hard heads soft hearts

a scratch pad for half-formed thoughts by a liberal political junkie who's nobody special. ''Hard Heads, Soft Hearts'' is the title of a book by Princeton economist Alan Blinder, and tends to be a favorite motto of neoliberals, especially liberal economists.

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Friday, February 24, 2012
NICHOLAS D. KRISTOF - In Sudan, Seeing Echoes of Darfur

ROD NORDLAND and ALAN COWELL (NYT) - Two Western Journalists Killed in Syria Shelling

ROGER COHEN - Anthony Shadid’s Story

ANNE-MARIE SLAUGHTER - Halting the killing in Syria
. . .The key condition for all such assistance, inside or outside Syria, is that it be used defensively — only to stop attacks by the Syrian military or to clear out government forces that dare to attack the no-kill zones. Although keeping intervention limited is always hard, international assistance could be curtailed if the Free Syrian Army took the offensive. The absolute priority within no-kill zones would be public safety and humanitarian aid; revenge attacks would not be tolerated. . .

MUSTAFA BARGHOUTHI - Peaceful Protest Can Free Palestine

Violet Socks - Reclusive Leftist

Susie Madrak - Timoney in Bahrain

Laura Rozen - UN should weigh in on legality of Iran strike, Brazil’s foreign minister tells Yahoo News

Arthur Silber - When "Antiwar" Means "Start the Bombing!"

Peter Beinart - The Crazy Rush to Attack Iran

Diane - A Little Slice of Good News

Honestly, I'm grateful to Beinart for writing against war with Iran. But Silber's critique of Beinart is worth reading. I do think, Beinart's piece has a hidden assumption that whether to go to war in Iran is based on long chains of deductive logic, and if any of those chains break down, then war becomes an acceptable choice. I suspect the opposite is true, human use of logic and reason is sufficiently faulty that you can rationalize anything you have a mind to, even unnecessary, insane war.

I have no animus against Catholic Bishops and employers, and don't wish to aggrieve them or force them to violate their conscience. But do they believe employers who support population control should be able to take away maternity benefits from their employees? If not, how can they defend their right to take away contraceptive benefits from their employees? What the Catholic Bishops are asking us to accept is unacceptable for liberals: they are asking us to accept a society where workers have to live in fear that if their employer wakes up on the wrong side of the bed, their health benefits could be taken away from them.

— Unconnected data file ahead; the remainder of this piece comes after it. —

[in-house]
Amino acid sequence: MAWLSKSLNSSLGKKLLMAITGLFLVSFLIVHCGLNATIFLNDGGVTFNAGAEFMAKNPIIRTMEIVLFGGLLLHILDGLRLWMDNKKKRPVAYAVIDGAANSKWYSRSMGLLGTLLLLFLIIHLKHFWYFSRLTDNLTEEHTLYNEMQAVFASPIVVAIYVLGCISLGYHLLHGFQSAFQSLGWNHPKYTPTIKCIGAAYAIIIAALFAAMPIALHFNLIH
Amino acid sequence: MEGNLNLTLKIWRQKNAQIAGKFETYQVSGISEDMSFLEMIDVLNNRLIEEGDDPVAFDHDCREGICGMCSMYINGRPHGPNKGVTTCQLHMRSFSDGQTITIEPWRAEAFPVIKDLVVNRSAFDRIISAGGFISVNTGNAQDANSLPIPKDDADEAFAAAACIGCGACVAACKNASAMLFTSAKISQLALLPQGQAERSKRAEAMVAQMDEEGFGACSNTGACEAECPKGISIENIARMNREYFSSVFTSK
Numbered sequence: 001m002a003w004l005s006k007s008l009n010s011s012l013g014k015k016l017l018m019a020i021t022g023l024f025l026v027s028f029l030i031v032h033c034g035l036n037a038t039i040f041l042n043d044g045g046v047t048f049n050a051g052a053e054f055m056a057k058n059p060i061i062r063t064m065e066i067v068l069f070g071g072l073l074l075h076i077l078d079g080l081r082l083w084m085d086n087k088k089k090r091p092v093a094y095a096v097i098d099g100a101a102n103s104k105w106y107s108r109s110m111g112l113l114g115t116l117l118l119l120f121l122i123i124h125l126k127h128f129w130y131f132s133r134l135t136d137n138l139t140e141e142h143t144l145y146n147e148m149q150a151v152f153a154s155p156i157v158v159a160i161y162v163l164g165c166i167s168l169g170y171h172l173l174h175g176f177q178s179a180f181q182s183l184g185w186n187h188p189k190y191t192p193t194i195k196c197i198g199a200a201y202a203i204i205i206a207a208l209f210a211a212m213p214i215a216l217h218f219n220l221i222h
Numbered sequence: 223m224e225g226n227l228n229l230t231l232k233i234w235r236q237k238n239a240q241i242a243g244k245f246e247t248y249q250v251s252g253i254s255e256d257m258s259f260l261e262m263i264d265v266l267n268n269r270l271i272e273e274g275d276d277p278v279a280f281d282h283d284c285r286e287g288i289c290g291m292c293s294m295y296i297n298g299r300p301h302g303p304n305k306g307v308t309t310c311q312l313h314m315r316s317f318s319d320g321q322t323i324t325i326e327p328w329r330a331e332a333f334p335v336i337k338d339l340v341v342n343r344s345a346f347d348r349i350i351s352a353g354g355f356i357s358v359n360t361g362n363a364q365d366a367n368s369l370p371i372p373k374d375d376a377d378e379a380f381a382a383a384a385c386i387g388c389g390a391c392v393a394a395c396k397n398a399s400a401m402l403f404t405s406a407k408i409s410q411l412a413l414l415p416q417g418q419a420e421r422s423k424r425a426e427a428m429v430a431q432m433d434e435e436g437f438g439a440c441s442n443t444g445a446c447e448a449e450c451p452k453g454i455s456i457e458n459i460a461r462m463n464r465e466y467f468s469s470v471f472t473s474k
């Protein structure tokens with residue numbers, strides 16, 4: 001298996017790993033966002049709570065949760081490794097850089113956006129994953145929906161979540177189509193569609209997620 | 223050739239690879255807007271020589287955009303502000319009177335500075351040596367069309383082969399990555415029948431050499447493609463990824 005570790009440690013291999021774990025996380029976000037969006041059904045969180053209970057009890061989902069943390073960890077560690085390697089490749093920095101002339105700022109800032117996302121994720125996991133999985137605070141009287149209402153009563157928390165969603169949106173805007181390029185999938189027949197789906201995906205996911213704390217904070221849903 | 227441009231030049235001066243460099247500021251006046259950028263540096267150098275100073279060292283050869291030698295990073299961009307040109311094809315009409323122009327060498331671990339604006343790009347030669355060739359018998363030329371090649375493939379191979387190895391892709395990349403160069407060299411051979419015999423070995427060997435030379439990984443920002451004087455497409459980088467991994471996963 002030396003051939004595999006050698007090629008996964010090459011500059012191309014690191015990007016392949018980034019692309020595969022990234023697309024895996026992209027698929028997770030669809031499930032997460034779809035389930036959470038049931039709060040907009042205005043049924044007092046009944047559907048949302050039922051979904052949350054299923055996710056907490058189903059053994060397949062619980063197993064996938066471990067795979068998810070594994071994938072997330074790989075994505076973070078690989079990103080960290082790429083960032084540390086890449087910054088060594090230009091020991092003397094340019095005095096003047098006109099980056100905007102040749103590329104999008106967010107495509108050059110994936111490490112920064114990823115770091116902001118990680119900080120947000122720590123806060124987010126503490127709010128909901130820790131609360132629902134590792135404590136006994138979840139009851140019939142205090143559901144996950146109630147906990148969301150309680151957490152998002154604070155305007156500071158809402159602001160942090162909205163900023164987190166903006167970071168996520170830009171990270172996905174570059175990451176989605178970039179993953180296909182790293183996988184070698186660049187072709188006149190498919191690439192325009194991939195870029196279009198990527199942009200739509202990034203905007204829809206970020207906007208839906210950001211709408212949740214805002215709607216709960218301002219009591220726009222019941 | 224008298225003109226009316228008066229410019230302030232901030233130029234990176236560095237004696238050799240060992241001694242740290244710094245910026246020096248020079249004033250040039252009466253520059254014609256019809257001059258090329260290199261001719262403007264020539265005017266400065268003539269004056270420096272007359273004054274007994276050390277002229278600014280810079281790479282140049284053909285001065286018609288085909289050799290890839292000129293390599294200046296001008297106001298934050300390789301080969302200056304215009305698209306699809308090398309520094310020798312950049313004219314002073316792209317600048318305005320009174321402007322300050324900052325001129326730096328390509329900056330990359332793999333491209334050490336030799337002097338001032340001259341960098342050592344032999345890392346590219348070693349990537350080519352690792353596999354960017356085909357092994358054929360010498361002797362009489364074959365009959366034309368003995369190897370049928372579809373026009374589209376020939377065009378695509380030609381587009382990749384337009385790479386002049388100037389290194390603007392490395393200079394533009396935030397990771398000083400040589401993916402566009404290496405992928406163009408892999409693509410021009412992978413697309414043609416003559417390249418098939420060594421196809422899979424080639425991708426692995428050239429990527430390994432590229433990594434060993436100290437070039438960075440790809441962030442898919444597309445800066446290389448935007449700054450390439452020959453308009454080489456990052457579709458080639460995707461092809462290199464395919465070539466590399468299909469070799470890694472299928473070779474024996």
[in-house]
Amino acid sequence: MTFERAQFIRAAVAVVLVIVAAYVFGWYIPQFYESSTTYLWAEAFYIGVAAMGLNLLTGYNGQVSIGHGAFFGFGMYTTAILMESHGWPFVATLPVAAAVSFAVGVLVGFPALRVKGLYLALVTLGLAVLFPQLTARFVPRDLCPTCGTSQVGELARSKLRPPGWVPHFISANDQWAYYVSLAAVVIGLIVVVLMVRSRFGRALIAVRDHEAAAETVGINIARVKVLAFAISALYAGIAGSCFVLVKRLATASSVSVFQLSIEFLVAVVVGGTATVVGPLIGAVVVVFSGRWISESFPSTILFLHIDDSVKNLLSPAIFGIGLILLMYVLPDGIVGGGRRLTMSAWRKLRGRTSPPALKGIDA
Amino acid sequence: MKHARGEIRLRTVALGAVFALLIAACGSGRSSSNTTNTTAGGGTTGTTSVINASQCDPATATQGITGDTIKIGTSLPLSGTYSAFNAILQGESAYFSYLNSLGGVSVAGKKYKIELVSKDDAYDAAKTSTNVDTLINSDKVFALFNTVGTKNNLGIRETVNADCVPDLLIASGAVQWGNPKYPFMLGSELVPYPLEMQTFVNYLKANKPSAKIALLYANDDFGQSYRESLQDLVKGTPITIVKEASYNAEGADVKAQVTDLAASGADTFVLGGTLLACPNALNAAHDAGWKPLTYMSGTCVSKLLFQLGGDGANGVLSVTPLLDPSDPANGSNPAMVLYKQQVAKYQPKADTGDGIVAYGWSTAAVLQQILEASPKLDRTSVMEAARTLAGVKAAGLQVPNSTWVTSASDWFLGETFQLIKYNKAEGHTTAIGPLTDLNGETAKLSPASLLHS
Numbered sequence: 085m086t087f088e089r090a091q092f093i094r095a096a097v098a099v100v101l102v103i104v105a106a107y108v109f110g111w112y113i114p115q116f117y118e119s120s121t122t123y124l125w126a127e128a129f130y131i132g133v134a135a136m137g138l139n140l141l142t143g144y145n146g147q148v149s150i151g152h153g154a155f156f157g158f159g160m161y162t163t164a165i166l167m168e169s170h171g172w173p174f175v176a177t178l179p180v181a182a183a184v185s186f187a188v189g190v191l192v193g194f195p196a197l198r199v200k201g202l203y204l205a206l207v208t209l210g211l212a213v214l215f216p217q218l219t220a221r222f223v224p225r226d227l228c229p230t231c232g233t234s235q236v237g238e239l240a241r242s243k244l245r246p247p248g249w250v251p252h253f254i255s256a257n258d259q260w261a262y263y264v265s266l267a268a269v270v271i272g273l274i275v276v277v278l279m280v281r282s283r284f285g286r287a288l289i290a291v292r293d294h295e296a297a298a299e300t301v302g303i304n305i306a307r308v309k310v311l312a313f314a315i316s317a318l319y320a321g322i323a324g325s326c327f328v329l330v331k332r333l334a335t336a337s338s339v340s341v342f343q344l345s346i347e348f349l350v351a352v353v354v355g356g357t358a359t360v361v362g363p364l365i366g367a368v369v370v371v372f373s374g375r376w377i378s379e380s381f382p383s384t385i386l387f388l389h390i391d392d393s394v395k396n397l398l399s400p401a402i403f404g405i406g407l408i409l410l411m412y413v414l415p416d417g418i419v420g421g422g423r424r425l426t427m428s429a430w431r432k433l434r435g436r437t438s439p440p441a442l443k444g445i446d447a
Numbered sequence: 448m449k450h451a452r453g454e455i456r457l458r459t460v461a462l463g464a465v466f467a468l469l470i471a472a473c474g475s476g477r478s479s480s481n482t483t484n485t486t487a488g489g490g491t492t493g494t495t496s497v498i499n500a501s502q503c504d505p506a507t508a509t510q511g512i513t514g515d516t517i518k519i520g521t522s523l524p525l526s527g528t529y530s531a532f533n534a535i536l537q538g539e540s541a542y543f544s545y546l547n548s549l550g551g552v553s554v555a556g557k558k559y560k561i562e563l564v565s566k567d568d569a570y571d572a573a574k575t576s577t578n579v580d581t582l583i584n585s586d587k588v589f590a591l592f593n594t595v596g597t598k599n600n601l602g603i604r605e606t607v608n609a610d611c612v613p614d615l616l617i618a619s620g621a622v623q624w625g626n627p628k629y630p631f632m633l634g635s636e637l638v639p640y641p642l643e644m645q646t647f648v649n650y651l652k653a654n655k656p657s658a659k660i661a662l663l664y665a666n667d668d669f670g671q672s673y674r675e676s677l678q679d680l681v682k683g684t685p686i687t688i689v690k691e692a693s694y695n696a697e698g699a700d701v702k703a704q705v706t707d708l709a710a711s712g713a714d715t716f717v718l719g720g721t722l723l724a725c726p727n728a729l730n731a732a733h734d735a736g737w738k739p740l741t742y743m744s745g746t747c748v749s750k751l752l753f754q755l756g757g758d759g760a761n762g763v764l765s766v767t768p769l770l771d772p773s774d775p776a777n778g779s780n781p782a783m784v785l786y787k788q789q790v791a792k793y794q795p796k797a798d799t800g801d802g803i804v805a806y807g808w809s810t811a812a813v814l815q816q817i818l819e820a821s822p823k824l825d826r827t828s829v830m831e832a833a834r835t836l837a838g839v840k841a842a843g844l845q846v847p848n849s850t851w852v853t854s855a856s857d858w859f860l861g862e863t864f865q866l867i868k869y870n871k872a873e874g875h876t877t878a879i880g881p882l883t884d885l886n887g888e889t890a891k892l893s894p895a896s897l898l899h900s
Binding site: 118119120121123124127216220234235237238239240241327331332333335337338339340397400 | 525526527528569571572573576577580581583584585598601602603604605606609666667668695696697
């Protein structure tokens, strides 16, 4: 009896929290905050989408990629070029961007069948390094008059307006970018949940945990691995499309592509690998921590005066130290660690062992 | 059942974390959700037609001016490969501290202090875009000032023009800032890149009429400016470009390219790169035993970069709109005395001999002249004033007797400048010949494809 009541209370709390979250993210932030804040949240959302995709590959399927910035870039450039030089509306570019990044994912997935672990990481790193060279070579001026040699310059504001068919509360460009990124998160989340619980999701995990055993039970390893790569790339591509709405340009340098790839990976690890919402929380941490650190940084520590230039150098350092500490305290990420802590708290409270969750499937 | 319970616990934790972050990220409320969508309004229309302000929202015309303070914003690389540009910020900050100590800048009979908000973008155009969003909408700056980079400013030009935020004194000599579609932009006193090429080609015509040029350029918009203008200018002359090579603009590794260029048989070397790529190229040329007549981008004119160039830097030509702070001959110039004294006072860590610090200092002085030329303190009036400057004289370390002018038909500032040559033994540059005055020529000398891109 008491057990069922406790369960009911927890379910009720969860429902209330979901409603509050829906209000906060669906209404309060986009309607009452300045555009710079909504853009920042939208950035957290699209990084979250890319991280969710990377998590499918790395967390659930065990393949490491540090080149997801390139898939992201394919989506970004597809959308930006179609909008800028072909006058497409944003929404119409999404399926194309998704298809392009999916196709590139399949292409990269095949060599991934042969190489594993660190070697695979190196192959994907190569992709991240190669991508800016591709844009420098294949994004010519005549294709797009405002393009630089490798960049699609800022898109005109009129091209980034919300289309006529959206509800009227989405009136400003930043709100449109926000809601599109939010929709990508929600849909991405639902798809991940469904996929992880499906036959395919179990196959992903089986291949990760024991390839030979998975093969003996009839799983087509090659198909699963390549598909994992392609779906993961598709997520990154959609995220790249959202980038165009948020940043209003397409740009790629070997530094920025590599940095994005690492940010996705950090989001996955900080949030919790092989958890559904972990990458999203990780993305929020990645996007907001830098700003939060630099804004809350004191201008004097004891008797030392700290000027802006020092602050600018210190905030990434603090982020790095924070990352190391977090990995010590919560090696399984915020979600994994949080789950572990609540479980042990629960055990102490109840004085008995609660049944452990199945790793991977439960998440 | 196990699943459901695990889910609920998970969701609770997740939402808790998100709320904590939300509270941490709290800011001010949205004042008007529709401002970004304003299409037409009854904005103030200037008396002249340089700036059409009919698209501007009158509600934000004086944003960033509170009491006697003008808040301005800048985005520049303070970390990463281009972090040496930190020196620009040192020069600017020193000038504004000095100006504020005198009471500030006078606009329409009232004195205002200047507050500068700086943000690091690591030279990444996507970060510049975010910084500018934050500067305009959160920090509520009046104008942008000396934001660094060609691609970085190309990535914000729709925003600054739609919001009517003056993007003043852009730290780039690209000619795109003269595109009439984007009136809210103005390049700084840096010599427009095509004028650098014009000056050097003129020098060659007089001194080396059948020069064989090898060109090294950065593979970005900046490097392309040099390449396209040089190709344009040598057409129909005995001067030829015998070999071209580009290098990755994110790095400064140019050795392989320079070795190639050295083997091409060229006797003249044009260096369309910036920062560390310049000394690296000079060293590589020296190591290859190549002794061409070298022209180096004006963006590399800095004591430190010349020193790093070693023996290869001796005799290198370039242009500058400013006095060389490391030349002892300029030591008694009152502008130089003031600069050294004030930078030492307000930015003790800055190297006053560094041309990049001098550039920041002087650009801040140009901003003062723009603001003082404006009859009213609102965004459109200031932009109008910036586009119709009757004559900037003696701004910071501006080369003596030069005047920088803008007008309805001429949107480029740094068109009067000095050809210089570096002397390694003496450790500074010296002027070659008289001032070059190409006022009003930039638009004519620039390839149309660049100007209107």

Dorothy L Sayers - THE LOVE OF THE CREATURE (1941)
The resistance to creation which the writer encounters in his creature is sufficiently evident, both to himself and to others-particularly to those others who have the misfortune to live with him during the period when his Energy is engaged on a job of work. The human maker is, indeed, almost excessively vocal about the perplexities and agonies of creation and the intractability of his material. Almost equally evident, however, though perhaps less readily explained or described, is the creature's violent urge to be created. To the outsider, the spectacle of a writer "taken ill with an idea" usually presents itself as a subject for unseemly mirth; the "Spring poet" is the perennial butt of the plain man, just as, on the stage, any reference to child-birth is a signal for hoots of merriment, especially from the male members of the audience. In both cases, the ridicule is largely defensive-the nervous protest of the negative and chaotic against the mysterious and terrible energy of the creative. But that a work of creation struggles and insistently demands to be brought into being is a fact that no genuine artist would think of denying.

Often, the demand may impose itself in defiance of the author's considered interests and at the most inconvenient moments. Publisher, bank-balance, and even the conscious intellect may argue that the writer should pursue some fruitful and established undertaking; but they will argue in vain against the passionate vitality of a work that insists on manifestation. The strength of the insistence will vary from something that looks like direct inspiration to something that resembles a mere whim of the wandering mind; but whenever the creature's desire of existence is dominant, everything else will have to give way to it; the writer will push all other calls aside and get down to his task in a spirit of mingled delight and exasperation. Because of this, the artist ought, above all men, to be chary of basing his philosophy of life on the assumption that "we are brought into this world by no choice of our own". That may be so, but he has no means of proving it, and the analogy of his own creative experience offers evidence to the contrary. He knows very well that he, in his work, is for ever ground between the upper and nether millstones of the universal paradox. His creature simultaneously demands manifestation in space-time and stubbornly opposes it; the will . of his universe is to life as implacably as it is to chaos. (It is, of course, irrelevant to object that this "creature" struggling towards manifestation is "really" only a part of the maker's own ego. All creatures are a part of the Maker's mind, and have no independent existence till they attain partial independence by manifestation.)

next post: 3/2/12

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